Designing a Better Experiment
First, we will need some basic statistical terminology to discuss this subject.
α (significance) = probability of rejecting the null hypothesis when the null is true (type I error)
1 – α (confidence) = probability of correctly failing to reject the null hypothesis when the null is true (true negative)
β = probability of failing to reject the null hypothesis when the null is false (type II error)
1 – β (sensitivity) = probability of correctly rejecting the null hypothesis when the null is false (true positive)
What we want to determine here is the minimum sample size (e.g., email recipients) necessary to detect a statistically significant result at the desired confidence level and with the desired sensitivity. Detailed mathematics behind this calculation are beyond the scope of this whitepaper. In fact, it’s probably best to search for an online sample size calculator and experiment with it. In any case, we can get some intuition behind that math. To calculate the minimum sample size for the test, we need:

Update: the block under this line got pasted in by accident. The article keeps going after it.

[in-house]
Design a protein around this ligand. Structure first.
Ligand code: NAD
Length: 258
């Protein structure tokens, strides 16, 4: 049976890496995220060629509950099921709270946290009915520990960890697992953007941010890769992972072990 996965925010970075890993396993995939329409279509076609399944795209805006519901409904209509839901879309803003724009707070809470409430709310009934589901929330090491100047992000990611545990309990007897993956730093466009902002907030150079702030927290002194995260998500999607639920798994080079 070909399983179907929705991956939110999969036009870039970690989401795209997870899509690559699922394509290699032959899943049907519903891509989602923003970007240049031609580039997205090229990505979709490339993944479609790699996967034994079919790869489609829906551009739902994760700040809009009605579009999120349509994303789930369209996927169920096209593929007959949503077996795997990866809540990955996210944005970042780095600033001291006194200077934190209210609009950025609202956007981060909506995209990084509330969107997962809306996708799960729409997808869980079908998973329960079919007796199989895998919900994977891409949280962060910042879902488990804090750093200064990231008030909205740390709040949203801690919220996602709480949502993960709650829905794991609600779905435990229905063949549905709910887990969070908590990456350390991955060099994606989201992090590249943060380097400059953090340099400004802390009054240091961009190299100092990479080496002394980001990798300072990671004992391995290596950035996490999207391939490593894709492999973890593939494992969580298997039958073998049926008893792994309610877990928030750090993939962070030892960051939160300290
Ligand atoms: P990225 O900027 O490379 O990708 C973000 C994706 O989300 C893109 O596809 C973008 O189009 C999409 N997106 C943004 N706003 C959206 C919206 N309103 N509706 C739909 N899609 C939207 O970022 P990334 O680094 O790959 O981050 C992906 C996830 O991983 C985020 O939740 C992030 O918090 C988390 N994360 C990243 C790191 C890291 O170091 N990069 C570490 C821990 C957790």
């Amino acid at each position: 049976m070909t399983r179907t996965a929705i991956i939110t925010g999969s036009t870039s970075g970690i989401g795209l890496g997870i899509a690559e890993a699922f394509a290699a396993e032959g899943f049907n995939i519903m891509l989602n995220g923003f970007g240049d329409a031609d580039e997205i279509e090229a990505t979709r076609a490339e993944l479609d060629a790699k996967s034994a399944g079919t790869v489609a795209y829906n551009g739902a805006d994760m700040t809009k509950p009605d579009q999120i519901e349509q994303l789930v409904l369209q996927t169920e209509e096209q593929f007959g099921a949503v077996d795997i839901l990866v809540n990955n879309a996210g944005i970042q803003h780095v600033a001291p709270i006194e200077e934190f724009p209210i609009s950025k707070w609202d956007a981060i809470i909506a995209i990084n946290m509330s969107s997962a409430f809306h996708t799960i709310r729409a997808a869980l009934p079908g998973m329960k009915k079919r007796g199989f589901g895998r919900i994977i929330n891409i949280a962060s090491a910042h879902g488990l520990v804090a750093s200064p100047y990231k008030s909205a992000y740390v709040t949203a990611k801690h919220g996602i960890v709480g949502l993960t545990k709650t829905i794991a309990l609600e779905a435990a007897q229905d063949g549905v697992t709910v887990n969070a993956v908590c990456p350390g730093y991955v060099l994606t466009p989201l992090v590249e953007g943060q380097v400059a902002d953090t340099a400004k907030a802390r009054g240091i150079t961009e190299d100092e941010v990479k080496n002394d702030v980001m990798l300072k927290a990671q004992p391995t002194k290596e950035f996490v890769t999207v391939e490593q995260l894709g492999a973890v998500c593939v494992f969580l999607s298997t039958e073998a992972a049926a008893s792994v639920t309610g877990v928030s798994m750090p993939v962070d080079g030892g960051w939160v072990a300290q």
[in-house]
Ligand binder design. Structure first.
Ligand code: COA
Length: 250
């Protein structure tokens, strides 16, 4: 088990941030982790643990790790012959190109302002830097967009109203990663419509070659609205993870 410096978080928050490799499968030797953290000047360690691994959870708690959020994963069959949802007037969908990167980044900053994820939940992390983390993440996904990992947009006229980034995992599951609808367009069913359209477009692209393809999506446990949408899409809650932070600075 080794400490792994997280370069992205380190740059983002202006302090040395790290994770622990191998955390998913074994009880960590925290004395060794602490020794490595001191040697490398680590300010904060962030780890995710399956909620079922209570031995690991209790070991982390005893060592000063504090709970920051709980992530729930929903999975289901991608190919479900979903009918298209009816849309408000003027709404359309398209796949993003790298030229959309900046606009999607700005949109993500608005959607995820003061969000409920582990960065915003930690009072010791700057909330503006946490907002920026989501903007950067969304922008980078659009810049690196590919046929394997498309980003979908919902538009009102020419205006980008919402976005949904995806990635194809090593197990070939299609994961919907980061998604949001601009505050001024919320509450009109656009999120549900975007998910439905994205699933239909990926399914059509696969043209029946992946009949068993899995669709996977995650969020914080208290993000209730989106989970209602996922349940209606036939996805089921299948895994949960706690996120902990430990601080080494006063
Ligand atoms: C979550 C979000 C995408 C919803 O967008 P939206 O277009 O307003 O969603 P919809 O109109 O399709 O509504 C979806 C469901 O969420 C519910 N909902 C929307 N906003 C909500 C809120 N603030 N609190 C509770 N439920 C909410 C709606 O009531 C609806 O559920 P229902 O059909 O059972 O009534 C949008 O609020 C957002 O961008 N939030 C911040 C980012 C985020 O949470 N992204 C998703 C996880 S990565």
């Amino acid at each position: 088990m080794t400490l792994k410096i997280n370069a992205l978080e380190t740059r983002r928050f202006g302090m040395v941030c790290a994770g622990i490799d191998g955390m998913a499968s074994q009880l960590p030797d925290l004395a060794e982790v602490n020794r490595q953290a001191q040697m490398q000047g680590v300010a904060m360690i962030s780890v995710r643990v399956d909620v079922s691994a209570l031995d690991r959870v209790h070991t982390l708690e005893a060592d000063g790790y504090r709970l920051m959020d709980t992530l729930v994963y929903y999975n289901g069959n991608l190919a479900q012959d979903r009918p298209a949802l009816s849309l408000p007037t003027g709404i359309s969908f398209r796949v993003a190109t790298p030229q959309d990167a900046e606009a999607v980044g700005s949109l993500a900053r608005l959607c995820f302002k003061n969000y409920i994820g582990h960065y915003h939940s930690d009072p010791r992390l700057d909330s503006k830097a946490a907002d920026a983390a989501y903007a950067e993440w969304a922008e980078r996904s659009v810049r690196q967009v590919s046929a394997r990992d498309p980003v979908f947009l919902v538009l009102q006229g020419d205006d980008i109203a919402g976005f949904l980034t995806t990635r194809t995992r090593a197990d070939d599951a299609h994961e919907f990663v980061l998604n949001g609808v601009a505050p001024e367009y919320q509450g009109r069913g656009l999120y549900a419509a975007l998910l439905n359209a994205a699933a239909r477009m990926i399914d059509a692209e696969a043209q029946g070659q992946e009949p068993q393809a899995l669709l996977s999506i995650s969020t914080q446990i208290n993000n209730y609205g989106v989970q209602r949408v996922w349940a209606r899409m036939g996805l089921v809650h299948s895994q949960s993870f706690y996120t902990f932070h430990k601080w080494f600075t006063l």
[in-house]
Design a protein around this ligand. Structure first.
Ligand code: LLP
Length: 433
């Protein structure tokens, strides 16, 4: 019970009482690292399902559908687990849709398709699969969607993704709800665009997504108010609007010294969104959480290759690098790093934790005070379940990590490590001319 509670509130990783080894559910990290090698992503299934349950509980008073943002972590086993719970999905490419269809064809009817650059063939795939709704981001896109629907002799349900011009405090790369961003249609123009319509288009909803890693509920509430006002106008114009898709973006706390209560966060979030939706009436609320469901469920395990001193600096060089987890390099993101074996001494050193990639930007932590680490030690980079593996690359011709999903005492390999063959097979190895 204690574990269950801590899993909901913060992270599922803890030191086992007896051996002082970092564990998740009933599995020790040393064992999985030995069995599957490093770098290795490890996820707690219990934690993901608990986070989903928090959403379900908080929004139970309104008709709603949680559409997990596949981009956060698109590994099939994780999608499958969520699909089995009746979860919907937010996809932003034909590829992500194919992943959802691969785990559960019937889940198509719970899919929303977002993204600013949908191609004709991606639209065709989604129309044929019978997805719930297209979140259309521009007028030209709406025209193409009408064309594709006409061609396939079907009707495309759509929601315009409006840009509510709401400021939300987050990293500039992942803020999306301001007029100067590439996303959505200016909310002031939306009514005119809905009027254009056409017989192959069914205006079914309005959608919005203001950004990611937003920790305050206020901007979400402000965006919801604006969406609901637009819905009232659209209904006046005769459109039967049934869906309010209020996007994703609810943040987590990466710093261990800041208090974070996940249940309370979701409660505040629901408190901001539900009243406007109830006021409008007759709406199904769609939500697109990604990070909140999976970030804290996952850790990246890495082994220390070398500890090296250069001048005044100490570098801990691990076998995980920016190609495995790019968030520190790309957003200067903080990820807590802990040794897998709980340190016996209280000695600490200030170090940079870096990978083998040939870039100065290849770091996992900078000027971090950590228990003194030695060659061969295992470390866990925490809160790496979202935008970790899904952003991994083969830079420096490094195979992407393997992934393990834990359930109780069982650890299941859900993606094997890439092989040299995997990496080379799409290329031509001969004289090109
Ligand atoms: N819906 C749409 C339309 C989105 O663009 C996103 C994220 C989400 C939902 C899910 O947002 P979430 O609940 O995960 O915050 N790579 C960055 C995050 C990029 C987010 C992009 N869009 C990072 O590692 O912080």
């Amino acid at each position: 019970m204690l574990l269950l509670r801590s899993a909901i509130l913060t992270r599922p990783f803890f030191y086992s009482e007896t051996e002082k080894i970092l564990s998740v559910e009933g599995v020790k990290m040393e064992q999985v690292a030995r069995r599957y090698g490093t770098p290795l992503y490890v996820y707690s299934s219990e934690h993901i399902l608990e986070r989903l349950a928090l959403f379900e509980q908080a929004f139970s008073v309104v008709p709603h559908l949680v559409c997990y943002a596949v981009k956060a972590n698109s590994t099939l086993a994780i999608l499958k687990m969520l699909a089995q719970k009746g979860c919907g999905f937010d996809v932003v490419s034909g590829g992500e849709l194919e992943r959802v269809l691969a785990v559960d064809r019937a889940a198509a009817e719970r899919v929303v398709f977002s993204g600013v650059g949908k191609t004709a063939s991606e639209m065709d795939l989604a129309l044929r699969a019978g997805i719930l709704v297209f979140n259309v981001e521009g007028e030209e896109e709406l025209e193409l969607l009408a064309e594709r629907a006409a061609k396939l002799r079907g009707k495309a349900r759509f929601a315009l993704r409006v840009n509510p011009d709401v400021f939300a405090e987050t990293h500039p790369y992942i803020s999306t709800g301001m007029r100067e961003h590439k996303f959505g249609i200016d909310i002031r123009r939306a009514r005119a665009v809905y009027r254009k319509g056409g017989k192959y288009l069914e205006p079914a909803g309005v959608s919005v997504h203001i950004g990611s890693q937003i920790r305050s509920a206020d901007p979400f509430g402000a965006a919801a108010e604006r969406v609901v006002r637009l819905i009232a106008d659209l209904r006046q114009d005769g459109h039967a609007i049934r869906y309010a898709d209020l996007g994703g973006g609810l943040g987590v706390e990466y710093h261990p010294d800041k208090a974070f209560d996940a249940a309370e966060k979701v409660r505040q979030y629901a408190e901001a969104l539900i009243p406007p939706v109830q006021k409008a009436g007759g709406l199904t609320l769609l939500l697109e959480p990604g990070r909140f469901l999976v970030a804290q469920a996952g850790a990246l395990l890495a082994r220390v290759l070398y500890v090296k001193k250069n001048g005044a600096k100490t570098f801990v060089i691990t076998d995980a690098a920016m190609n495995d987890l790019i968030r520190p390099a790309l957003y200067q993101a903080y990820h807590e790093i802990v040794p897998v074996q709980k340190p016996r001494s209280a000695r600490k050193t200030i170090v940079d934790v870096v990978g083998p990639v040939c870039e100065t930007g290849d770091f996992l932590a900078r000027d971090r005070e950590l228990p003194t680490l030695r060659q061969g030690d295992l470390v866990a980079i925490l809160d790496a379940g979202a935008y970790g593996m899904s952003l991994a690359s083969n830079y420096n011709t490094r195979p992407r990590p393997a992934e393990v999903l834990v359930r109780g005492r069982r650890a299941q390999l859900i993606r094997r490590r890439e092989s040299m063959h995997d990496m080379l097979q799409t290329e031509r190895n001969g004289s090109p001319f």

- A ‘baseline’ estimated pooled probability of a user opening an email
- Minimum detectable effect size
- Desired test sensitivity
- Significance/confidence level for determining statistical significance
How do the choices of these values impact the minimum sample size required? The minimum sample size increases if…
- …the baseline probability estimate moves closer to 50%
- …the minimum detectable effect size decreases
- …the desired sensitivity increases
- …the selected confidence level increases (or, equivalently, the significance decreases)